US 4952304 A
A process for the removal of contaminating residues of a homogeneous catalyst comprising a hydrocarbon soluble compound of a transition metal from Group VIII of the Periodic Table and a metal alkyl or alkyl halide cocatalyst from a liquid hydrocarbon reaction product comprises treating the contaminated product with an aqueous solution of a silicate, borate or carbonate and separating and recovering the hydrocarbon phase.
Residues of oligomerization catalysts, polymerization catalysts and hydrogenation catalysts are removable by this process, especially nickel, cobalt, iron, aluminium and halogen residues.
1. A process for the removal of contaminating residues of a homogeneous hydrogenation catalyst comprising a hydrocarbon soluble compound of nickel and a metal alkyl or alkyl halide catalyst from a hydrogenated polymer solution, wherein the polymer solution is treated with an aqueous solution of a silicate, borate or carbonate and the hydrocarbon phase is separated and recovered.
2. A process according to claim 1, wherein the polymer solution is treated with an aqueous solution of potassium or sodium silicate, borate or carbonate.
3. A process according to claim 2, wherein the polymer solution is treated with a potassium or sodium silicate solution and an acid is introduced to convert the silicate residues to a gel.
4. A process according to claim 1, wherein the polymer solution is one obtained by the hydrogenation of a random styrene-butadiene copolymer, block styrene-butadiene copolymer, polybutadiene, polyisoprene or isoprene-butadiene copolymer.
This invention relates to a process for the removal of catalyst residues from a liquid hydrocarbon reaction product. In one aspect, the invention relates to the removal of catalyst residues from a polymer solution, especially a highly viscous polymer solution or "cement".
Nickel or cobalt based catalysts find wide application in hydrocarbon chemical processes, for example in the oligomerisation of olefins, in the manufacture of diene polymers and in the modification of unsaturated polymers, e.g. random or block styrene-butadiene copolymers, by hydrogenation. Such catalysts may be heterogeneous, e.g. nickel on kieselguhr or Raney nickel, or homogeneous as where a nickel or cobalt compound is reduced with an organometallic compound. Irrespective of the particular catalyst that is used, it is generally necessary, if not essential, to remove any traces of catalyst remaining after the process has been carried out, to reduce adverse effects on the product, e.g. discolouration or reduced resistance to oxidation. Removal is particularly difficult where the catalyst used is homogeneous and has been produced by reduction of a hydrocarbon soluble salt or complex of nickel, cobalt or iron with an organometallic compound cocatalyst, such as an aluminium alkyl or lithium alkyl since the active species is soluble, or, possibly, colloidal and thus cannot be removed from the reaction medium by filtration.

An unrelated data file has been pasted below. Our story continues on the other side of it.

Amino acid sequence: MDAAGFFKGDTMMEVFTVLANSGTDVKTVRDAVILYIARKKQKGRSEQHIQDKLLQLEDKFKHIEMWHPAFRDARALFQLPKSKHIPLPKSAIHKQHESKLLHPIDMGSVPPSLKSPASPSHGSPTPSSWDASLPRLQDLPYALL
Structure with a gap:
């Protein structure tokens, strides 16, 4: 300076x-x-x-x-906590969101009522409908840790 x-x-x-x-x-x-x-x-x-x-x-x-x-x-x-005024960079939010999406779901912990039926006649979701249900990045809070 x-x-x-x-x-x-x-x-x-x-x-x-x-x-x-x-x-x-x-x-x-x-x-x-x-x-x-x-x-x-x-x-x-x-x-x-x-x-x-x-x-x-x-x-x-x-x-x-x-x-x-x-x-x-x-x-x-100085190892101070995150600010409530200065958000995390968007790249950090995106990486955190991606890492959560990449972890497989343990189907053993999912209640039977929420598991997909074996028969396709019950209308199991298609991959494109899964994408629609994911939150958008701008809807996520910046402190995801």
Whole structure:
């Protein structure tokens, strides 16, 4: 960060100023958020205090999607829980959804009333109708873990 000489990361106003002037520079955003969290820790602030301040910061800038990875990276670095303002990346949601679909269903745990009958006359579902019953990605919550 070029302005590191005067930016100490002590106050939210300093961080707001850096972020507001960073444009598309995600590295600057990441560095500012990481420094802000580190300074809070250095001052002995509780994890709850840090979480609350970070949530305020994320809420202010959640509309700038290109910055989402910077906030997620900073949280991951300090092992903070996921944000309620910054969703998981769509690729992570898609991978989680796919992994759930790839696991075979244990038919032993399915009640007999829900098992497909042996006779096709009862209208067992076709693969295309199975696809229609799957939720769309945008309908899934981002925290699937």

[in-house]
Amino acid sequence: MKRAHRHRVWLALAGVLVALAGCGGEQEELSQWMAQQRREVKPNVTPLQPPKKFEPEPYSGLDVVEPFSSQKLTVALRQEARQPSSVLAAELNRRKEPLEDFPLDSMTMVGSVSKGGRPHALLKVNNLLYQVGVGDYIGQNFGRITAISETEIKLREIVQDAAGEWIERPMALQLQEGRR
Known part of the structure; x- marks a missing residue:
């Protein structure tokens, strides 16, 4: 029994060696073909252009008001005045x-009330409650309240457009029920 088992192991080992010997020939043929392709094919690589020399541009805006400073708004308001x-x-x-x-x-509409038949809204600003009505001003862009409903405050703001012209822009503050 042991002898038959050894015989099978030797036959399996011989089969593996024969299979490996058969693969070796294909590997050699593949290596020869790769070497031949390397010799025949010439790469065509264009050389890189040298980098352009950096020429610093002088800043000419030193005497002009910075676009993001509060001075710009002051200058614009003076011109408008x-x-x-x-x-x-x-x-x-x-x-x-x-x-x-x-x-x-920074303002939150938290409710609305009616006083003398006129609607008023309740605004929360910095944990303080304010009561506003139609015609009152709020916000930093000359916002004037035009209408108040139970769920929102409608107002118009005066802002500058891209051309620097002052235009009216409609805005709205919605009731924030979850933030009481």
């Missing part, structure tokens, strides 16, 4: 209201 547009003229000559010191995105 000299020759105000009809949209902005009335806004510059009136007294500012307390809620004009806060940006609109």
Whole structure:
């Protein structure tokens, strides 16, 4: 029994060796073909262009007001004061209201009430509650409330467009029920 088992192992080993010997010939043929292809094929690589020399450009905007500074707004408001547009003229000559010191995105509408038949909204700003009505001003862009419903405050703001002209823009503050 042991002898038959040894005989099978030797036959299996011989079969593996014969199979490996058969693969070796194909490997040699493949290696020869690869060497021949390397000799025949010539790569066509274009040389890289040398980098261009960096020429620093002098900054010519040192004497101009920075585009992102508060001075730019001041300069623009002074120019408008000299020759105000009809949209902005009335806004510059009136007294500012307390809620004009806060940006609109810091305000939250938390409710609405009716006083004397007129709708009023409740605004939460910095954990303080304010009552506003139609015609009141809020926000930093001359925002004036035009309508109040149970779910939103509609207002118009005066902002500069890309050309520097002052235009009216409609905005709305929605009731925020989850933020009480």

Simple washing with water or aqueous alkali is ineffective because a gelatinous alumina precipitate may be formed together with chlorinated hydrocarbon byproducts. Consequently a diversity of methods for the removal of catalyst residues has been described in the literature or used in manufacturing processes.
An early process for decolourising hydrogenated butadiene polymers obtained using a nickel hydrogenation catalyst, by treatment with a carboxylic acid or mineral acid is described in U.S. Pat. No. 2,893,982. In practice, nickel and aluminium residues may be removed using dilute H3 PO4 or dilute H2 SO4. U.S. Pat. No. 3,531,448 describes a process for the removal of a nickel hydrogenation catalyst residue from a hydrogenated polymer in hydrocarbon solvent, by treating with an aqueous solution of ammonium phosphate and then separating the resulting nickel and aluminium phosphates. U.S. Patent Nos. 3,780,137 and 3,780,138 describe the removal of nickel from a synthetic organic polymer by treatment with carbon monoxide ('137) or an oxidant and citric acid ('138). The former involves the formation of poisonous carbonyls and the latter requires large volumes of extractant, relatively long extraction times and phase separation is not sharp. U.S. Pat. Nos. 3,793,306 and 3,793,307 describe the removal of aluminium reduced organo nickel catalysts by the use of ammonium phosphate and either a thiuram polysulphide ('306) or molecular oxygen/molecular oxygen containing oxidant ('307). U.S. Pat. No. 4,098,991 describes a nickel catalyst removal process using dimethyl glyoxime U.S. Pat. No. 4,595,749 describes a method for separating metal catalyst contaminants from organic polymers by treating with a dicarboxylic acid and an oxidant which forms an insoluble metal compound, to remove the contaminating metal (iron, nickel, cobalt, lithium and/or aluminium). A passification process for treating solutions of hydrogenated polymers or copolymers of conjugated dienes contaminated with nickel (o) residues is described in U.S. Pat. No. 4,567,251. A pressure filtration process, using H3 BO3 or B2 O3 adsorbent, for removing catalyst residues from polymer solutions or melts is described in German Ofen. DE3,520,103. The purification of oligomerised olefins containing dissolved nickel, aluminium and chlorine derivatives by treatment with oxygen or a gas containing oxygen, anhydrous ammonia and a solution of an alkali metal hydroxide, is described in G.B. Patent Application No. 2,157,706.